A secretive unit of Islamic State has been training British fighters to carry out terror attacks in the United Kingdom, according to a report, which says the same unit had trained the jihadists behind the Paris and Brussels attacks.
A fighter of Islamic State, also known as IS, ISIS, ISIL or Daesh, captured by Kurdish forces in Syria, revealed that a group known as the al-Kharsa brigade has inducted European would-be suicide bombers and subjected them to a grueling training program at a secret camp in Syria before sending them home to carry out attacks, according to The Times (of London).
The unit is part of Amniyat Amniyat al-Kharji, the external operations arm of ISIS and which is currently focusing on working with sleeper cells.
"It takes seven months to be trained in al-Kharsa brigade," the fighter was quoted as saying. "It is very hard. Every European who crosses the border to Syria, they are offered [the opportunity] to join. If 20 start the training, only five finish it. Then after that they go back to Europe and attack."
He added that about 50 people from countries, including the U.K., Belgium, France and Germany, have gone through the training, which involves bomb-making, ISIS religious ideology and physical endurance. All recruits are required to be willing to die for the ISIS goal.
One-third of an estimated 5,000 European jihadis who were trained in Syria and Iraq have returned to their home countries, according to Gilles de Kerchove, the EU Counterterrorism Coordinator. Authorities have not been able to detect many of them.
"There are largely two categories of returnees: those in the majority who will drift back and those who will be sent back on specific missions, which are of most concern," De Kerchove was quoted as saying.
However, in May, British intelligence officers said that the U.K. is home to 23,000 jihadist extremists who are potential attackers.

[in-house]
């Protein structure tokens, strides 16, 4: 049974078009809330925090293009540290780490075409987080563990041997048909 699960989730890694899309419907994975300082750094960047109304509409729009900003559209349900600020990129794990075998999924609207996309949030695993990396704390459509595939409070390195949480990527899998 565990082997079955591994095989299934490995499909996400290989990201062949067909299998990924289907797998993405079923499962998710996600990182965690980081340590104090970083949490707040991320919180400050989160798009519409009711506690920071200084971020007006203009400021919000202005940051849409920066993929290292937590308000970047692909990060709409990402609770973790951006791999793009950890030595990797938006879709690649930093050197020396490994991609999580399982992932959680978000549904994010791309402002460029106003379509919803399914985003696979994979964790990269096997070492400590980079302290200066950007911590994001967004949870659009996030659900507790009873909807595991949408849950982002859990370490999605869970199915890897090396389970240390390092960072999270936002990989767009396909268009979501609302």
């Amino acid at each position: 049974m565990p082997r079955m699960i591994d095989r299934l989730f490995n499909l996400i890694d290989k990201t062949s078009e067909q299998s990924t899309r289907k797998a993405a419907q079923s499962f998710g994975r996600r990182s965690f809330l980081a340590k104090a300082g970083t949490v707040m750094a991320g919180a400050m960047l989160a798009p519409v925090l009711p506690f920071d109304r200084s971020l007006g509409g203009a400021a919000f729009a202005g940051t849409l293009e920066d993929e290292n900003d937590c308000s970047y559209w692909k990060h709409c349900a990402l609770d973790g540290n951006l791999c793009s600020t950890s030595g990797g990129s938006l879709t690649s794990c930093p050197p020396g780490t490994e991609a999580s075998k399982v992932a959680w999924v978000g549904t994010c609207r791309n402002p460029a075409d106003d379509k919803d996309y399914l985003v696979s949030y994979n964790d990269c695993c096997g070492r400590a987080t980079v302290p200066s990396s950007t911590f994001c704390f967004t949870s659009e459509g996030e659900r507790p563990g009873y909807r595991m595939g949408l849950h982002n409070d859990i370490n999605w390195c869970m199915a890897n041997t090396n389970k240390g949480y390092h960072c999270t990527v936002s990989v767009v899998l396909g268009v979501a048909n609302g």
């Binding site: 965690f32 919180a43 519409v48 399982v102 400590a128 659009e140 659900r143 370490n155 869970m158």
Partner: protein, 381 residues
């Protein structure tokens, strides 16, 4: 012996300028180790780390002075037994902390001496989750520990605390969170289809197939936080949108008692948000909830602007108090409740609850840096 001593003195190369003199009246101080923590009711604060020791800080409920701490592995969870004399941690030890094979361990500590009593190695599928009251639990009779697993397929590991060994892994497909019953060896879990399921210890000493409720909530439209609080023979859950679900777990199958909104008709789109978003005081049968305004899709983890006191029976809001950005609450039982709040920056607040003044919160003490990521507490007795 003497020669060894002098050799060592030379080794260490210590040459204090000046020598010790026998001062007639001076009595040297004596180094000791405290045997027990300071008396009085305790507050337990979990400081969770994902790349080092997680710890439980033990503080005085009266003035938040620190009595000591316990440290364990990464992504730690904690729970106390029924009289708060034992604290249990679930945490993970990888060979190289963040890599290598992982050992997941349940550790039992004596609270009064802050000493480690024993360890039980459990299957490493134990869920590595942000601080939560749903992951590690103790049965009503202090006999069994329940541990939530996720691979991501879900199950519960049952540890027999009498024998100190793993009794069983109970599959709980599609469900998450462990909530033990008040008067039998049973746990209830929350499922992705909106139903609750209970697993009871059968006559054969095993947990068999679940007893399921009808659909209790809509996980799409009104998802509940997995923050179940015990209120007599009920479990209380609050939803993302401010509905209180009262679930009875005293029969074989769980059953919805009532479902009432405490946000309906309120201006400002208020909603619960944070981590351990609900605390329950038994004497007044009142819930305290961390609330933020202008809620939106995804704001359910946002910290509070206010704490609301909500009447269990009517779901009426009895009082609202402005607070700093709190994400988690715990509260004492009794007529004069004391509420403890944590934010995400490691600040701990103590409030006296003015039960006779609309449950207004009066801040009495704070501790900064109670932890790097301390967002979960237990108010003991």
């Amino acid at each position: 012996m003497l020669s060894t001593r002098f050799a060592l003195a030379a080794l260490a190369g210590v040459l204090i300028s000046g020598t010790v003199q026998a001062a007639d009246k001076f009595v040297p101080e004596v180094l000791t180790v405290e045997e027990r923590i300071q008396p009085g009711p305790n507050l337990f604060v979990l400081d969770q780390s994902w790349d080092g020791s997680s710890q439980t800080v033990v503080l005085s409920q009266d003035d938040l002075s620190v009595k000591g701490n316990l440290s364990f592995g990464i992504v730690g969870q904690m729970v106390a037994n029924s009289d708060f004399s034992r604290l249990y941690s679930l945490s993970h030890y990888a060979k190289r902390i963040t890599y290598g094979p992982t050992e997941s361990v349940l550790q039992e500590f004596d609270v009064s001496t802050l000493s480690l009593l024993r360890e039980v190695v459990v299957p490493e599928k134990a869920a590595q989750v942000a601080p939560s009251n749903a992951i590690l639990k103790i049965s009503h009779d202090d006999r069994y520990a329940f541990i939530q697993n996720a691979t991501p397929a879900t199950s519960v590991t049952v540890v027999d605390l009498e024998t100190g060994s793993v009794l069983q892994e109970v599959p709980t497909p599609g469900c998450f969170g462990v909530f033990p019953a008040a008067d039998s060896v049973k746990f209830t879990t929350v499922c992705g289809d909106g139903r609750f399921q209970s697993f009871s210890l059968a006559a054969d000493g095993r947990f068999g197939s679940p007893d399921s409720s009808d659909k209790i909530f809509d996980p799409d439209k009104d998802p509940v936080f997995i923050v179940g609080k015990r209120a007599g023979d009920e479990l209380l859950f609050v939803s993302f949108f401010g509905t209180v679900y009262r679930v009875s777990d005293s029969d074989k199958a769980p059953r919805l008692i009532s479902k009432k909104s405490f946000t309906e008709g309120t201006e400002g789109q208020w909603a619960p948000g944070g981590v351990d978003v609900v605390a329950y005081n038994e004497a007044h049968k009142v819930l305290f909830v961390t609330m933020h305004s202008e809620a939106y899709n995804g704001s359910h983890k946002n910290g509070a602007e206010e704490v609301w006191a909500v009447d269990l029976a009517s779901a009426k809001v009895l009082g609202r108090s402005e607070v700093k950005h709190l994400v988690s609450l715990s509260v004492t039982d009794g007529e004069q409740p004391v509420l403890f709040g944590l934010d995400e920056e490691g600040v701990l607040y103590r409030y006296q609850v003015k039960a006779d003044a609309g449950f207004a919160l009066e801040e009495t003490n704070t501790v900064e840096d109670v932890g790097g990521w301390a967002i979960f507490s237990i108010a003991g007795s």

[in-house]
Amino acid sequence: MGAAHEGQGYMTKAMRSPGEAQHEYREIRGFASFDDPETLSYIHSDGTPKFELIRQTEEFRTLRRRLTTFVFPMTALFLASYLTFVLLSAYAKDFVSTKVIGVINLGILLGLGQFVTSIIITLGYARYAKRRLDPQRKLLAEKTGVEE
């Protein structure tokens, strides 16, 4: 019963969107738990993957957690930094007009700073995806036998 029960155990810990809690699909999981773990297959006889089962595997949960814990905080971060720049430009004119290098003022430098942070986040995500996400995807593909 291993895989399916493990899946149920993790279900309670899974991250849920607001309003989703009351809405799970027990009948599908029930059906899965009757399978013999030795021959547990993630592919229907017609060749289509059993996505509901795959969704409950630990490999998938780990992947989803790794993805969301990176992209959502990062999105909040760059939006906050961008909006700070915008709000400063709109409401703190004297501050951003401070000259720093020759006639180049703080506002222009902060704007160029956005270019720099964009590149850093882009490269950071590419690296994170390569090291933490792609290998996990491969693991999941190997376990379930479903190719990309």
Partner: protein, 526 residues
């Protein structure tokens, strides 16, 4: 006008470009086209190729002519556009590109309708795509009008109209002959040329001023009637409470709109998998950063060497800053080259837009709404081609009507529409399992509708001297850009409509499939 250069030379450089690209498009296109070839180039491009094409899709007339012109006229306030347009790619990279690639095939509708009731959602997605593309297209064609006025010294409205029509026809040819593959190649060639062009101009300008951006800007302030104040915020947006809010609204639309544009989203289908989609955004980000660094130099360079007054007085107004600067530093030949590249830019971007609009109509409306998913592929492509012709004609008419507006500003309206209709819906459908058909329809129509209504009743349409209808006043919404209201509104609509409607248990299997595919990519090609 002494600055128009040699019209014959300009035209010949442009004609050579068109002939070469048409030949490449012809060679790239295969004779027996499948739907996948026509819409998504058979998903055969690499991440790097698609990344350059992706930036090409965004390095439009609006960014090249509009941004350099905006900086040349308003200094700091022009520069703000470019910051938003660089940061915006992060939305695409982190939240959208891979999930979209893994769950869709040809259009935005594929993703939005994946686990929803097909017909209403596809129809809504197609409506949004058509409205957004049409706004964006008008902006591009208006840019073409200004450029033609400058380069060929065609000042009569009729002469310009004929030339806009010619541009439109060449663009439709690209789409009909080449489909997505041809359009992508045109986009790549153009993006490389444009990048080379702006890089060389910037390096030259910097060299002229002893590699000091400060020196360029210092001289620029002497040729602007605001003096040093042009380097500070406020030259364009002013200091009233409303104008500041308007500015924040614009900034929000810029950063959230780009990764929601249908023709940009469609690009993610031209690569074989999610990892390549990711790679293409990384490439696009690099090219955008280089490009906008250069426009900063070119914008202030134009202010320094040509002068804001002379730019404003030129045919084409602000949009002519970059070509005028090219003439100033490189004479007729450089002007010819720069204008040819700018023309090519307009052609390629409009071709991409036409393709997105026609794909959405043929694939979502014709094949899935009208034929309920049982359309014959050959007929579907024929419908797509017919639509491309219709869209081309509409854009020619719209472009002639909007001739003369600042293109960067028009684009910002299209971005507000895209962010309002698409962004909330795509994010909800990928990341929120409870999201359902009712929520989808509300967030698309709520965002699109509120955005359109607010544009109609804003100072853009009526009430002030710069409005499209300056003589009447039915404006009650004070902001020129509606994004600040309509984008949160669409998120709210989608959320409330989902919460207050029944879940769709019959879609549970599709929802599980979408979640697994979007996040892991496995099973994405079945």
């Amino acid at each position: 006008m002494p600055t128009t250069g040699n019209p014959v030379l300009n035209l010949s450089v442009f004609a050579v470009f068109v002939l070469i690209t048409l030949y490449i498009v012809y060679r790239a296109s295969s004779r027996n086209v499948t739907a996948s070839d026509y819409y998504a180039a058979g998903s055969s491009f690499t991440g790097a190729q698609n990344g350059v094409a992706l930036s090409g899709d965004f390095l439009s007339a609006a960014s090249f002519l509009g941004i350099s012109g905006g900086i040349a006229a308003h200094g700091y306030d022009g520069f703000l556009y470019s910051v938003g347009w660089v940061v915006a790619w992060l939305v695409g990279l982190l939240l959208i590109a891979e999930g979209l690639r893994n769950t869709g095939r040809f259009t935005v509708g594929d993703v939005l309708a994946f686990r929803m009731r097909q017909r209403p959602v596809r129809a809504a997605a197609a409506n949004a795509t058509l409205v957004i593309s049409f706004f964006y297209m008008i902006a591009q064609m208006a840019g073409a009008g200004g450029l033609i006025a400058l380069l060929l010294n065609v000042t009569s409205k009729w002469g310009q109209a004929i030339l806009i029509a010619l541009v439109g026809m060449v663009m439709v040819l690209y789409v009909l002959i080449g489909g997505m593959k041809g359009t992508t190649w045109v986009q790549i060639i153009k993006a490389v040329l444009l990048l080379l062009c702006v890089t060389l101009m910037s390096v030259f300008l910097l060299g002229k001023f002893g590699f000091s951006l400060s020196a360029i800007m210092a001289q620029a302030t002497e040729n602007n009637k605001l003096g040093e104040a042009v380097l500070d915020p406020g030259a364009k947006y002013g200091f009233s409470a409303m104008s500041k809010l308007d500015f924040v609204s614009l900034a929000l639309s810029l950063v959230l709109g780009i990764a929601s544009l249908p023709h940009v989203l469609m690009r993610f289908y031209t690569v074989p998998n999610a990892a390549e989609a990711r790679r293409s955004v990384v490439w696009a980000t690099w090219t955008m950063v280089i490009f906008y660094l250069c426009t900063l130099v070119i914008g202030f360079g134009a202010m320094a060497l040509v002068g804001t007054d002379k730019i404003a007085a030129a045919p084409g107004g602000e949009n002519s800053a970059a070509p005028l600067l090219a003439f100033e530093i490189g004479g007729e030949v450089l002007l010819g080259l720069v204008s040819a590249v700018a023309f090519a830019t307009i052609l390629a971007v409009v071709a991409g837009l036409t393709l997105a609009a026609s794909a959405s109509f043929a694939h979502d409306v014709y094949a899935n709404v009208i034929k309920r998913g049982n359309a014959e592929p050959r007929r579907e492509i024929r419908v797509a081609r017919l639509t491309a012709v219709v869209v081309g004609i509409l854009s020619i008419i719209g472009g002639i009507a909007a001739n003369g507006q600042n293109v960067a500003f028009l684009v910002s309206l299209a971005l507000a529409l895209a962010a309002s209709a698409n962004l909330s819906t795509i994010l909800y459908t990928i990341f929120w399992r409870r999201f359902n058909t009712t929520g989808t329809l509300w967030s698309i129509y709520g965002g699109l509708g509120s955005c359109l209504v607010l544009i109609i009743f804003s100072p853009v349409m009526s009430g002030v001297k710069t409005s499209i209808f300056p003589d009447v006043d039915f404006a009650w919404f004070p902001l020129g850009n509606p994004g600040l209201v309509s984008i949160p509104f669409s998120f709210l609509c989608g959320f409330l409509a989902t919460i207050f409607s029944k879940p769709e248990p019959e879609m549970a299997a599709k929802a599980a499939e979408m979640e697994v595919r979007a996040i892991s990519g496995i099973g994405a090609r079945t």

Officials had earlier said that about 3,000 people in the country were known by them for posing a threat and who were under investigation, but there are 20,000 others who have featured in previous inquiries and are categorized as posing a "residual risk," the Times quoted Whitehall sources as saying in May.
In May, 22 people, included children, were killed and at least 59 others were injured in a bombing at singer Ariana Grande's night concert in Manchester. The explosion took place as the concert was ending and people were leaving, with children younger than 10 years old being among the dead.
England suffered another terror attack back in March, when five people were killed and 50 others were injured after a man ploughed a car into pedestrians on Westminster Bridge in London, before getting out and stabbing an officer to death.
In July, thousands of U.K. residents signed onto a petition opposing the re-entry of Sally Jones, a former British punk rocker who left England in 2013 to join ISIS in Syria.
"Sally Jones, formally of Chatham Kent, wants to return to Britain after joining ISIS," stated the petition on Change.org. "This is pure madness to even consider this. We must stop her and all other jihadis that wish to threaten our society by returning after fighting and training. Remove citizenship and passports."